The Mediterranean environment has not only a complex terrain but also sparse vegetation cover. Calcareous soil greatly influences reflectance from sparse cover of the Mediterranean forests. High reflectance from the soil causes a significant albedo effect, and hence, overwhelms reflectance from the vegetation component, thus leading to underestimation of NPP. Envisat MERIS images acquired in the driest summer months in the Mediterranean improved discrimination of overall vegetation and land cover types. Hansen et al. [28] stated that dry season imageries enhanced the characterization of some grasslands at their peak NDVI indistinguishable from woodlands. The RT method increased the accuracy of modeling tree cover by assisting in the exploration of the relationships among individual Envisat MERIS wavebands, and biophysical variables of NDVI, LAI, fPAR and MTCI as well as in the calibration of the model along the entire continuum of fractional tree cover.
In relation to the increases in greenhouse gases (GHGs) in the atmosphere and associated global climate change, monitoring of interactive impacts of CO2 fertilization, increased air temperature, and distorted precipitation regime on the structure and function of forest ecosystems by historical satellite time series plays a crucial role in understanding spatio-temporal responses and adaptations, particularly, in more ecologically sensitive regions such as the Mediterranean basin. Regional ecosystem modeling coupled with sensors with a wide field of view and very high revisit frequency may bridge the gap between global and local biogeochemical analyses. Such an approach provides a means of understanding and assessing the regional ecological and economic implications and consequences of global climate change on the productivity of semi-arid ecosystems in the Mediterranean basin.

5. Conclusions

The results of this study revealed that the combination of Envisat MERIS sensor and the CASA algorithm can successfully be used to quantify the monthly dynamics of NPP within the topographically complex terrain of the Mediterranean environment. Envisat MERIS data appeared to be useful in detecting land-use and land-cover mosaics, their NPP dynamics, and thus, C sink patterns by virtue of their spatial and spectral resolutions. The radiometric quality of the sensors is even more crucial in complex terrains with variations in elevation and fractional vegetation cover such as the Mediterranean basin for estimating land cover and NPP mosaics as supported by ground measurements for validation.

Acknowledgments

We gratefully acknowledge the research project grants (KARIYER-TOVAG-104O550 and TOVAG-JPN-04-103O011) from the Scientific and Technological Research Council (TUBITAK) of Turkey and the Scientific Research Project Administration Units of Cukurova University, Abant Izzet Baysal University, and Erciyes University.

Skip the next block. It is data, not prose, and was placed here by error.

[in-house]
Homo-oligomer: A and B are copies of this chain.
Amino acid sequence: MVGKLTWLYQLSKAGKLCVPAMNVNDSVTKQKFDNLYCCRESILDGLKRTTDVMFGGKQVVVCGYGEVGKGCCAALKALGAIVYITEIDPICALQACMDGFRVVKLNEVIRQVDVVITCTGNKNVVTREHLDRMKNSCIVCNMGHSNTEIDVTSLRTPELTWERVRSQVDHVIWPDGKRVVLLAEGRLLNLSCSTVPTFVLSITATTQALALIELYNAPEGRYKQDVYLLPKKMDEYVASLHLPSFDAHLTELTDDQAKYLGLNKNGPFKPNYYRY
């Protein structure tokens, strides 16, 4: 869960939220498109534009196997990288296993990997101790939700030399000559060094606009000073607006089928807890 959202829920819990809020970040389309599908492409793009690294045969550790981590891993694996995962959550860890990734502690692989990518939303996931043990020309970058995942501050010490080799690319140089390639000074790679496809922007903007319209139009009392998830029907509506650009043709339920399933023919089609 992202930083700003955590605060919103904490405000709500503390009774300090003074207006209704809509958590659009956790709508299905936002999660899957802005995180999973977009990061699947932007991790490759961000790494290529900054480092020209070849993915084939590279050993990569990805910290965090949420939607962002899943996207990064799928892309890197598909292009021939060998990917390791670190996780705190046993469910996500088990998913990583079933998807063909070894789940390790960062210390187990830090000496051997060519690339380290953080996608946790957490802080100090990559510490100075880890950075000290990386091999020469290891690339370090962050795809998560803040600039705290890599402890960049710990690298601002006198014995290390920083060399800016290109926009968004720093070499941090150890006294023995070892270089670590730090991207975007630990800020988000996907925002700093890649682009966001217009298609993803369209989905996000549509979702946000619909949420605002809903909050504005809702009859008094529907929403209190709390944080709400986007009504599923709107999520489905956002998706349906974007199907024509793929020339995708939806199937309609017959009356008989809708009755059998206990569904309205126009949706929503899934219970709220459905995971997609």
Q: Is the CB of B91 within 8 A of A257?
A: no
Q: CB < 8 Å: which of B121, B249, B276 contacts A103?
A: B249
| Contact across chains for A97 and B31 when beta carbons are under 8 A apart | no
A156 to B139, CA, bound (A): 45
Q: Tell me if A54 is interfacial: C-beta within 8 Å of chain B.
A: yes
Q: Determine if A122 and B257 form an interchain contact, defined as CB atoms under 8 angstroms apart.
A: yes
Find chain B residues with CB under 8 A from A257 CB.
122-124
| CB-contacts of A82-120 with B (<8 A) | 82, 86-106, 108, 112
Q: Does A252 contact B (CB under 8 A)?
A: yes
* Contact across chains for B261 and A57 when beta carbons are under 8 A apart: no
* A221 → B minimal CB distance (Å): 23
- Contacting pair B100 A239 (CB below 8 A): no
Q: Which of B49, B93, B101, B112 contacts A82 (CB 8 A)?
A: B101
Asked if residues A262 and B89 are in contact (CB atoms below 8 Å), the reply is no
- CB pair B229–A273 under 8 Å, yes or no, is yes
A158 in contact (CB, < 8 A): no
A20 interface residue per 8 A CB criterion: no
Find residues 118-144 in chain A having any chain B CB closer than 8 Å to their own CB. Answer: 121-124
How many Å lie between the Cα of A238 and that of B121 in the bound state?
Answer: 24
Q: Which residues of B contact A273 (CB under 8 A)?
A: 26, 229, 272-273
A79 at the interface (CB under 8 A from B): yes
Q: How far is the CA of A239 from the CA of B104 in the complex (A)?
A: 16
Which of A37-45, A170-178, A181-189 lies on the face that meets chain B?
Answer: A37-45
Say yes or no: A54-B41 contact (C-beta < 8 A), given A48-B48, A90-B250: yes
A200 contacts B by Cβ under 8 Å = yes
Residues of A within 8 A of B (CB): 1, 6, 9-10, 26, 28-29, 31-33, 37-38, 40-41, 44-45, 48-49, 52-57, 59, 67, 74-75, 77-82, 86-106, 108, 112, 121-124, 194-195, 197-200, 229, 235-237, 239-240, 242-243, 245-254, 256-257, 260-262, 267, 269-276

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Figure 1. Location of the study area.
Figure 1. Location of the study area.
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Figure 2. Envisat MERIS image of the study area, and IKONOS training and testing areas.
Figure 2. Envisat MERIS image of the study area, and IKONOS training and testing areas.
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Figure 3. A flow diagram of modeling NPP.
Figure 3. A flow diagram of modeling NPP.
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Figure 4. Procedure of estimating fractional tree cover using regression tree method.
Figure 4. Procedure of estimating fractional tree cover using regression tree method.
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Figure 5. Predictions of percentage tree cover based on the regression tree (RT) model, and comparison of predicted versus observed tree cover (R2 = 50.4%; n = 209 pixels).
Figure 5. Predictions of percentage tree cover based on the regression tree (RT) model, and comparison of predicted versus observed tree cover (R2 = 50.4%; n = 209 pixels).
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Figure 6. Land cover map derived from Landsat ETM image.
Figure 6. Land cover map derived from Landsat ETM image.
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Figure 7. Monthly NPP results from the CASA algorithm.
Figure 7. Monthly NPP results from the CASA algorithm.
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Figure 8. Annual variation in NPP (g C m-2 yr-1) predicted for Seyhan watershed.
Figure 8. Annual variation in NPP (g C m-2 yr-1) predicted for Seyhan watershed.
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Figure 9. Monthly NPP estimates of major land covers and land uses of Seyhan watershed according to the CASA algorithm: BDF: Broadleaf deciduous forest; NEF: Needleleaf evergreen forest; MBNF: Mixed broadleaf and needleleaf forest.
Figure 9. Monthly NPP estimates of major land covers and land uses of Seyhan watershed according to the CASA algorithm: BDF: Broadleaf deciduous forest; NEF: Needleleaf evergreen forest; MBNF: Mixed broadleaf and needleleaf forest.
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Table 1. Annual net primary productivity (NPP) of major land covers and land uses of Seyhan watershed according to the CASA algorithm.
Table 1. Annual net primary productivity (NPP) of major land covers and land uses of Seyhan watershed according to the CASA algorithm.
Land-Use Land-Cover ClassesMean NPP (g C m-2yr-1)
Broadleaf deciduous forest588.6
Mixed broadleaf and needleleaf forest468.7
Needleleaf evergreen forest512.9
Grassland227.7
Bare soil158.4
Agriculture338.7